The Assembly deliberating at its September 22, 2016 plenary on a motion, anchored by Honourable Wumi Oladeji of Ogbomoso North constituency, entitled: “Reviewing the Joint Ownership of Ladoke Akintola University of Technology: A State Towards Sole Ownership by Oyo State Government”, argued that sole ownership of the university had become imperative to save the institution from total collapse.
On the other hand, the Osun House of Assembly insisted that there was no going back on the joint ownership of LAUTECH by its state and Oyo. Chairman, Osun House Committee on Education, Folorunso Bamisayemi at a House of Assembly session in Osogbo, in September 2016 had maintained that the attempt by Oyo to disengage Osun from the joint ownership of the institution, following allegation of the state’s failure to pay its counterpart funding, amounted to a betrayal of the spirit of communal relationship that gave birth to the joint ownership.
It will be recalled that the institution was shut for eight months until it was reopened in February 2017 upon the injection of N584 million by the two owner state governments to clear two months out the backlog of salaries. The crisis, at that time, had assumed a violent dimension when thugs invaded LAUTECH attacking staff and purportedly asking Osun indigenes of the institution to vacate. On several occasions, the Academic Staff Union of Universities (ASUU) had embarked on the industrial actions calling on the two owner state governments to clearly state a plan of sustainable funding pattern or framework for the university. Chairman, ASUU, Dr Biodun Olaniran had called on the owners of the institution showed clear commitment to settlement of arrears of sundry allowances, adding that Internally Generated Revenue could not be a substitute for proper funding of the institution. Currently, the union has began offering skeletal services by invoking the “No pay, No work” principle, threatening another strike action if the accumulated salaries arrears of seven and a half months, is not cleared. Among other problems identified as facing the institution is the question of using Internally Generated Revenue (IGR) of the university meant for the payment of gratuity, pension of retirees and developmental projects in the university to defray the payment of staff salaries.
Any hope in sight?
At the peak of the last strike, Vice Chancellor of LAUTECH, Professor Adeniyi Gbadegesin stated that LAUTECH required regular subvention to offset its average monthly wage bill of N360 million and could not be self-sustaining. Gbadegesin noted that the management got to a breaking point before the strike after paying salaries from IGR for 18months.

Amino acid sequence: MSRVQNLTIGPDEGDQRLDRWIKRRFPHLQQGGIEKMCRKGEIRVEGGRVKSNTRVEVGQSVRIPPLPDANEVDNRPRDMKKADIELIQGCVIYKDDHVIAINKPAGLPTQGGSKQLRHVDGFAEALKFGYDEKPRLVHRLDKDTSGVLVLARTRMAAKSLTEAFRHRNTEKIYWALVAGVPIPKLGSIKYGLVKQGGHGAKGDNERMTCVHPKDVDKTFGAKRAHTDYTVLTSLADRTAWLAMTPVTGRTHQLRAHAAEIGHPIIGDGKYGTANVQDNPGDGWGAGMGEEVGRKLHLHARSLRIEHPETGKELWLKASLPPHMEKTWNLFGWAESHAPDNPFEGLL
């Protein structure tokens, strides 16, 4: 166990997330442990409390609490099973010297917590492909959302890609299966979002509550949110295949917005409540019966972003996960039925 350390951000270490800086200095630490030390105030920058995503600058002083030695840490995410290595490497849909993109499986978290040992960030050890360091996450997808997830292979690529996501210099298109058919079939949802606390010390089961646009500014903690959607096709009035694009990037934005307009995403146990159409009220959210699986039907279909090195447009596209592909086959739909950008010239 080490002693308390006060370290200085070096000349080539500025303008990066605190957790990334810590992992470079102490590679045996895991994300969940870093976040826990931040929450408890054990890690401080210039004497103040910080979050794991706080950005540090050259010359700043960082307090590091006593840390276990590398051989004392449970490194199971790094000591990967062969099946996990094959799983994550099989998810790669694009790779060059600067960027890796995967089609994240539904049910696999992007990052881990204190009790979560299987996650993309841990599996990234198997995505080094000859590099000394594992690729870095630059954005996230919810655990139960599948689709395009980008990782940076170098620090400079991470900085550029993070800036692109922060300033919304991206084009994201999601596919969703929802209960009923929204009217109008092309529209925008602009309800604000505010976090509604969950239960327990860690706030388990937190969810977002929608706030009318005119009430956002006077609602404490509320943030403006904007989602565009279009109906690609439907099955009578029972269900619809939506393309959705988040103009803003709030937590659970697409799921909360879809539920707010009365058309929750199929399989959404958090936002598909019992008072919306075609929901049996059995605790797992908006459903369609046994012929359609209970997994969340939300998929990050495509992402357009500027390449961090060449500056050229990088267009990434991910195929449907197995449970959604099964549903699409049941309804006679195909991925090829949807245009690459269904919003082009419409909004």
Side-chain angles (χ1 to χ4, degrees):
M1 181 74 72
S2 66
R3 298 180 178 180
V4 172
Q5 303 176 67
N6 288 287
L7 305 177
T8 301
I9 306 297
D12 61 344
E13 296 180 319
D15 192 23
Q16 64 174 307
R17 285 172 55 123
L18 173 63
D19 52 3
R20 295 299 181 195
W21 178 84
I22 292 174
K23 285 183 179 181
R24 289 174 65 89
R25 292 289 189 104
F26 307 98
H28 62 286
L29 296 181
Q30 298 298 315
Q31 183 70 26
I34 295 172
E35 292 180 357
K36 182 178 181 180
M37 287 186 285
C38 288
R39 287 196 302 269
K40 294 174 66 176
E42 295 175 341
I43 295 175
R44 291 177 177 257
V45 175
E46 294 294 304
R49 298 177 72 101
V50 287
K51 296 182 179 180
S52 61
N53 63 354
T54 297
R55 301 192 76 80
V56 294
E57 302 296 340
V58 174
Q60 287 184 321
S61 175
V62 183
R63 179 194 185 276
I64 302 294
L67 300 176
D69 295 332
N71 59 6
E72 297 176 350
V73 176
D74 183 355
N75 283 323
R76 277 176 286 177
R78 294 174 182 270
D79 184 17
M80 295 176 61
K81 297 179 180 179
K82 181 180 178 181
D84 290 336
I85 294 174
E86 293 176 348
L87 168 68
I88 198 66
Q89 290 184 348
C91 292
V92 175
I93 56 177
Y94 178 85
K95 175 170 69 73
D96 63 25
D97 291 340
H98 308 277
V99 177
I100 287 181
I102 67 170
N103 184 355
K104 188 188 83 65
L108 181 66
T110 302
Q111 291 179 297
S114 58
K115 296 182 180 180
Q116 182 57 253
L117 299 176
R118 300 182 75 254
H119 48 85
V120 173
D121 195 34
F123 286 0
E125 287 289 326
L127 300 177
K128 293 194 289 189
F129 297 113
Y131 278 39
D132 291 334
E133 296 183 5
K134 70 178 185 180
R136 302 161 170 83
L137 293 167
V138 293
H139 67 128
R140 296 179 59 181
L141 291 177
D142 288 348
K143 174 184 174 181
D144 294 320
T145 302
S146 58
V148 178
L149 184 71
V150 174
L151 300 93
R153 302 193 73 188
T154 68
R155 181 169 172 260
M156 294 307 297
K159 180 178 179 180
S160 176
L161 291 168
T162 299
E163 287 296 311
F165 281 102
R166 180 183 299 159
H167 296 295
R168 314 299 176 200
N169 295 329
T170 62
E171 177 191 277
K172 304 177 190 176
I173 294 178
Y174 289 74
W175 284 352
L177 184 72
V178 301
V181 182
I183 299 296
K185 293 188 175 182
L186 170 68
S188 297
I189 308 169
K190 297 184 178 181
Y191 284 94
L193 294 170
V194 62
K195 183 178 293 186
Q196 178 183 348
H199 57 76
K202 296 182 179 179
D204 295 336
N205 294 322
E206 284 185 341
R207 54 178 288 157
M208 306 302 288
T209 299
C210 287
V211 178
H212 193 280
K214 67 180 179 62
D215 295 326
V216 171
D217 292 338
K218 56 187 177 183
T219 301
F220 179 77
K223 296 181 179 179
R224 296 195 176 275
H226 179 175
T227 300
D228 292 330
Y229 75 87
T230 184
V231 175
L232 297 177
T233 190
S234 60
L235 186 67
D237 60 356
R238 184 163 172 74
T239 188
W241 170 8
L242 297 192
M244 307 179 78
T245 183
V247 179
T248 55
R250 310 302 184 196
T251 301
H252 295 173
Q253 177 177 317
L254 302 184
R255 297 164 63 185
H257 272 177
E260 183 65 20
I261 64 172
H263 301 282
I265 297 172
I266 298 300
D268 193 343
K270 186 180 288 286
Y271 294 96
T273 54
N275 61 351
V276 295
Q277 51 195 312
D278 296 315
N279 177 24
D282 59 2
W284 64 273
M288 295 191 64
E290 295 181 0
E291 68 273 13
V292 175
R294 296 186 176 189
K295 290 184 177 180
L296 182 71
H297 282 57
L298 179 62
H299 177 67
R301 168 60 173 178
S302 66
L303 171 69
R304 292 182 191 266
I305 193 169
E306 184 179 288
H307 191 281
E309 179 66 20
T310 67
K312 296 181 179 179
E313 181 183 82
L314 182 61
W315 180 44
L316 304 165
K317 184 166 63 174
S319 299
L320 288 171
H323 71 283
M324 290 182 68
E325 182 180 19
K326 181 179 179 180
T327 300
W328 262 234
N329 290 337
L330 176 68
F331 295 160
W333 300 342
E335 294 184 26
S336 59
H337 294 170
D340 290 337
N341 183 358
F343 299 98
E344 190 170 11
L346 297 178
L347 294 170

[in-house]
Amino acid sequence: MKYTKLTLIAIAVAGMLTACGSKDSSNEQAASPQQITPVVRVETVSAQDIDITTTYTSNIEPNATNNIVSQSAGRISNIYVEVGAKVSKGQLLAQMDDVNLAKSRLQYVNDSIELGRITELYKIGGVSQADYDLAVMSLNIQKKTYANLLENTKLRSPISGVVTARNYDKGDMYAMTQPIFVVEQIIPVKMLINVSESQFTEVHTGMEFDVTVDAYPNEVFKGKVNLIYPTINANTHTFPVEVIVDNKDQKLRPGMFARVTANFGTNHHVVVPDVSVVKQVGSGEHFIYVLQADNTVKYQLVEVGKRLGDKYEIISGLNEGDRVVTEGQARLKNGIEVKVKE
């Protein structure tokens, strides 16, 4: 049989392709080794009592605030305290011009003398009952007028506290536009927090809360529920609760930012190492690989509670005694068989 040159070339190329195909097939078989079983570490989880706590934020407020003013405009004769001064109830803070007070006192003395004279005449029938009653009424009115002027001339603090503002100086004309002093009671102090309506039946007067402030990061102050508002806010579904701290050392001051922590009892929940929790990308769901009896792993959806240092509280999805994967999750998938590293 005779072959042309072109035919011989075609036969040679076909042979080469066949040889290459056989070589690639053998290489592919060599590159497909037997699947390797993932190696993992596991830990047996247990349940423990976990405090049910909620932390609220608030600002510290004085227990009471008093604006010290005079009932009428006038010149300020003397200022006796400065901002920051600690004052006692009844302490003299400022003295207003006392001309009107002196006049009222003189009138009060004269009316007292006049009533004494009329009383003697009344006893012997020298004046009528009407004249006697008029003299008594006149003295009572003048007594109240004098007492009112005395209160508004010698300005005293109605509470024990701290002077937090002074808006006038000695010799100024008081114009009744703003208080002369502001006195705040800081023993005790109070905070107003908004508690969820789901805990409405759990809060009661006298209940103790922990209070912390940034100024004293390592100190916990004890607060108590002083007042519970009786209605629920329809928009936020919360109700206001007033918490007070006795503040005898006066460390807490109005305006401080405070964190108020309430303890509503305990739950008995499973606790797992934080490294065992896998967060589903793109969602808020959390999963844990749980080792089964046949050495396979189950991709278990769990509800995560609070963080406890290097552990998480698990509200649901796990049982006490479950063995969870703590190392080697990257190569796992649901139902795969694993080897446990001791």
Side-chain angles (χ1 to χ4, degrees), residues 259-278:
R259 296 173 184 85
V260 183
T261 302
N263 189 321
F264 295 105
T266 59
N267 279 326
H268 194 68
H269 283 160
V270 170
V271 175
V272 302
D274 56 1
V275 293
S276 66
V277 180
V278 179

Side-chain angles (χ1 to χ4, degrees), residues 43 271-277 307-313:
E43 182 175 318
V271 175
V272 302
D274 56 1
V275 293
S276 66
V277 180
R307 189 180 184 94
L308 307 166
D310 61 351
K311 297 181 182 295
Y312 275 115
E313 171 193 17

He said that the Osun state government owed N5.327 billion while Oyo government was indebted to the tune of N1.833 billion. “If we receive subvention regularly, we put in about N80million every month from our IGR. LAUTECH is a public university so there is no way the institution will be self-sustaining. As a public university, we depend on subvention from the owners of the university. For us to perform our role as a public university, we need regular subvention,” Gbadegesin said.
However, the two owner state governments are keen on LAUTECH been self-sustaining and running on Internally Generated Revenue rather than depending on subventions. This informed the setting up of a visitation panel head by Chief Wole Olanipekun to advance ways on how the institution could be better run. Olanipekun had noted that the institution required some subventions while the issue of an archaic finance system and overstaffing had to be addressed. He solicited for a trust fund from which LAUTECH could get fund for its running. The Olanipekun’s panel report had provided recommendations on structure, law establishing the university, modus, academic calendar, university council, revenue generation ventures, students’ fees, ASUU, NASU and other unions.
Commenting after receiving the Olanipekun panel report, Governor Abiola Ajimobi of Oyo State had decried that funding as the basic limiting factor in the management of LAUTECH. While bemoaning that the state government provided subventions to the tune of about N3 billion yearly, Ajimobi said the owner governments were examining templates of institutions being run without subventions.
However, the two owner state governments are optimistic that the lingering crisis in LAUTECH will cease once the audit panel currently auditing the personnel and finances of the institution submits its report. This two owner state governments of Oyo and Osun have avowed their resolve to abide by the recommendations of the audit firm mandated to audit the personnel and finances of the institution.